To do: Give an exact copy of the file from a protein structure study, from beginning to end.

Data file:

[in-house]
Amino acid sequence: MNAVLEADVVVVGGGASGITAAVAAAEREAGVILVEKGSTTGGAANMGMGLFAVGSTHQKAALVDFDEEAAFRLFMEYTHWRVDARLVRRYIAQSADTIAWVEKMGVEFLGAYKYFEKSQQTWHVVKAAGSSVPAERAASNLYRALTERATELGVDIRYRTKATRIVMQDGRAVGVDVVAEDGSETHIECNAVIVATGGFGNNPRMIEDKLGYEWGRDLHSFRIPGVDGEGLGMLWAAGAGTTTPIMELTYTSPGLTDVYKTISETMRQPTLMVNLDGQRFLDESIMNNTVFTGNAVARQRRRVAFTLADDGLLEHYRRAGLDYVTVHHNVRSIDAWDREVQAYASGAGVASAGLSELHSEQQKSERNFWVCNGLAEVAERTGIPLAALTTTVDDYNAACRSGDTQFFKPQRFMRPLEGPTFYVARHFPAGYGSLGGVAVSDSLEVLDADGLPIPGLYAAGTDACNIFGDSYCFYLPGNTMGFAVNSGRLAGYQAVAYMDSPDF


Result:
[in-house]
Amino acid sequence: MNAVLEADVVVVGGGASGITAAVAAAEREAGVILVEKGSTTGGAANMGMGLFAVGSTHQKAALVDFDEEAAFRLFMEYTHWRVDARLVRRYIAQSADTIAWVEKMGVEFLGAYKYFEKSQQTWHVVKAAGSSVPAERAASNLYRALTERATELGVDIRYRTKATRIVMQDGRAVGVDVVAEDGSETHIECNAVIVATGGFGNNPRMIEDKLGYEWGRDLHSFRIPGVDGEGLGMLWAAGAGTTTPIMELTYTSPGLTDVYKTISETMRQPTLMVNLDGQRFLDESIMNNTVFTGNAVARQRRRVAFTLADDGLLEHYRRAGLDYVTVHHNVRSIDAWDREVQAYASGAGVASAGLSELHSEQQKSERNFWVCNGLAEVAERTGIPLAALTTTVDDYNAACRSGDTQFFKPQRFMRPLEGPTFYVARHFPAGYGSLGGVAVSDSLEVLDADGLPIPGLYAAGTDACNIFGDSYCFYLPGNTMGFAVNSGRLAGYQAVAYMDSPDF